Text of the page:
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Wednesday, April 14, 2010

1816: The Year Without A Summer, Part I

1816 was supposed to be a good year in Regency England. After almost twenty years of warfare, 1815 had seen Napoleon's final defeat and his exile to St. Helena in the southern Atlantic.

But even as a welcome peace settled over the land, a large number of cloudy days, temperatures much colder than average and excessive rain conspired against the return of prosperity.

Early 1816 in England ranks with 1814 as one of the two coldest winters since records were first kept in 1659. In the London area, snow fell on Easter (April 14), and again on May 12. A summer peppered with notably cold periods and unusually high amounts of rain succeeded the frigid winter. On July 30, snow drifts were still on Helvellyn, the highest peak in the Helvellyn range in the Lake District, and in early September, ice formed on water in London.

The depressed temperatures prevented normal crop growth and the copious rain caused what did sprout to rot in the fields. Poor harvests had been the rule for the previous few years, and 1816's crop failure led to food shortages. This dismal year was then succeeded by the bitter winter of 1817.

Since the weather prevented the crops from growing, farm laborers were left without employment. At the same time, returning soldiers seeking work swamped the country. The Corn Laws, enacted the previous year, had set the price of grain at a high level. The intent was to protect British farmers from an onslaught of cheap foreign grain. But after successive years of abysmal harvests, British grain prices soared to heights the poor couldn't afford. Food riots broke out and food warehouses were looted. In one riot in Dundee, rioters ransacked over 100 shops and a grain store.

Disease usually accompanies famine, and 1816 was no exception. The food shortages led to the typhus epidemic of 1816-1819, responsible for the deaths of an estimated 100,000 Irish.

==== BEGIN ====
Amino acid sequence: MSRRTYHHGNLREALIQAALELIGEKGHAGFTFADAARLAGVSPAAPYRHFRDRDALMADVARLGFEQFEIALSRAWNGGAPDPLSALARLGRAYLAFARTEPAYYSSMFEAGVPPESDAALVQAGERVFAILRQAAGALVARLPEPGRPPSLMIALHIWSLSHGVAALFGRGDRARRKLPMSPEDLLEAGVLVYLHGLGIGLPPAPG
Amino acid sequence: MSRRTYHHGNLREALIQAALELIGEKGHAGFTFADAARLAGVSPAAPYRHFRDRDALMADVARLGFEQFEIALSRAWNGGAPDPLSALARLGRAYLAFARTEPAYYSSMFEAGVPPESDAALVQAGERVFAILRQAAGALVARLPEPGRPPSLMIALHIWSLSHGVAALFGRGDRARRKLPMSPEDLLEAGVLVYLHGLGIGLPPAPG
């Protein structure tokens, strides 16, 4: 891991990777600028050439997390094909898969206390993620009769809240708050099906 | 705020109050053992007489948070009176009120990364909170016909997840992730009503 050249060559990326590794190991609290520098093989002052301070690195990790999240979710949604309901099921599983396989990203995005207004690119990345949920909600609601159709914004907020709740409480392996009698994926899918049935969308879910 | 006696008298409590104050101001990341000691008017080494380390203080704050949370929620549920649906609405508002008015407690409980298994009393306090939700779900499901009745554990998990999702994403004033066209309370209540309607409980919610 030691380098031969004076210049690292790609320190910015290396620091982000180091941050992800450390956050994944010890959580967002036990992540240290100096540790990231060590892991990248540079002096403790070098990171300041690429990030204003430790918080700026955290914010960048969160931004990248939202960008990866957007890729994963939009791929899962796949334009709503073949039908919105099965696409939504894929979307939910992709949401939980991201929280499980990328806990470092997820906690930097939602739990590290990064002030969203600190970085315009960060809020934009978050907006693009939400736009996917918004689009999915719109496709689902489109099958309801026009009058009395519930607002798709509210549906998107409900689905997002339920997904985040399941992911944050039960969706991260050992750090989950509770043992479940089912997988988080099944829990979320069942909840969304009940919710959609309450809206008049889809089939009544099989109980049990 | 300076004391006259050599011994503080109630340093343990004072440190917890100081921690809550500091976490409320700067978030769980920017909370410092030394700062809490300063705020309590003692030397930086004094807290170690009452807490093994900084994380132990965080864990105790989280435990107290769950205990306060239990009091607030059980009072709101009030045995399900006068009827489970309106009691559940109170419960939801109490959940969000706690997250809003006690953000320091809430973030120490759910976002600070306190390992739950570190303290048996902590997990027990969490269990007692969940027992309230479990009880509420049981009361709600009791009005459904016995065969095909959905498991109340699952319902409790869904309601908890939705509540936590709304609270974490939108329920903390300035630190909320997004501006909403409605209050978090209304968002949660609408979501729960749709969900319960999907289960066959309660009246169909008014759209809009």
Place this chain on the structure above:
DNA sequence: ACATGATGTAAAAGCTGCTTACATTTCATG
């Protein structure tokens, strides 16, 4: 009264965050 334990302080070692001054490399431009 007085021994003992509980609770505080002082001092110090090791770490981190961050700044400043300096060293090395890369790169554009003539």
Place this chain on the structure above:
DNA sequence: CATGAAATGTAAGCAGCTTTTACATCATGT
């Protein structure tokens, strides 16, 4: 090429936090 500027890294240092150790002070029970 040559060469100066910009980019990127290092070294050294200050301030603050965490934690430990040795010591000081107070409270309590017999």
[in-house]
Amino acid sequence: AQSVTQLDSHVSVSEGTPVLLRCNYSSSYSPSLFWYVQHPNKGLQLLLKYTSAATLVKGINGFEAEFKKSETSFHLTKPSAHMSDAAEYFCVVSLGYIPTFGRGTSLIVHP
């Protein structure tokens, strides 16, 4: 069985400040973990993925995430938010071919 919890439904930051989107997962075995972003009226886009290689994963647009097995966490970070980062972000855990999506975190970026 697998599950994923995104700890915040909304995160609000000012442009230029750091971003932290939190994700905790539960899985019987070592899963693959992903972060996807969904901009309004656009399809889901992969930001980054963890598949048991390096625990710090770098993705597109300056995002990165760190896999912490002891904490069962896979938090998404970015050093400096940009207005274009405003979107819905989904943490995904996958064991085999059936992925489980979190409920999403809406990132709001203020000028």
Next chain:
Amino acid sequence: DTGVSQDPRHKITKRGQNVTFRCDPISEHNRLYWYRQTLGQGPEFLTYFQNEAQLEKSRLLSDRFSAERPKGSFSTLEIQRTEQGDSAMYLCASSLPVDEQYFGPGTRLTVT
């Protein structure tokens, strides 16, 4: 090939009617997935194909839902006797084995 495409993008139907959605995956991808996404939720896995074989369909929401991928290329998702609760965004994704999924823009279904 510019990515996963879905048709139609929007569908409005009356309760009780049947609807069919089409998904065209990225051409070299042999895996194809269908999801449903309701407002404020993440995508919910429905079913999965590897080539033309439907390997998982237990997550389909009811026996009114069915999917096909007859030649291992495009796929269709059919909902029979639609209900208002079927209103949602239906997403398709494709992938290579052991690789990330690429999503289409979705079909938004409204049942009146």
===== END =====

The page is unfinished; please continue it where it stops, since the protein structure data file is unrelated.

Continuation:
What produced such atrocious weather? In my next post, I'll explore the physical causes of The Year Without A Summer.

Thank you all,


Tiffany Green said...

Great information, Linda! I understand the Thames froze in 1814 (and before)and they called it Freezeland Street, I believe.

Debra St. John said...

Very interesting. Thanks for the post!

Mary Ricksen said...

Wow, Imagine if it happened now!!

Linda Banche said...

Hi, Tiffany. I knew the Thames froze in 1814, but I didn't know they gave it a name.

Thanks, Debra. Glad you enjoyed it.

Mary, how right you are!

catslady said...

Very interesting. I knew some of that but not all. Unfortunately, I think it is possible to happen again. Weather patterns seem to be changing. Maybe off topic but just heard that all flights in Europe are closed today because of ash from the volcano erupting in Iceland!

Diane Craver said...

Hi Linda,

This is an interesting post. Thanks for sharing this information.

Linda Banche said...

Catslady, the same thing can certainly happen again. When Mt. St. Helens and Mt. Pinatubo blew, the ash in the air cooled the earth. We now have so many greenhouse gases in the atmosphere heating the earth that we didn't notice. But 200 years ago the world didn't have much of a greenhouse effect.

You're welcome, Diane. Glad you enjoyed it.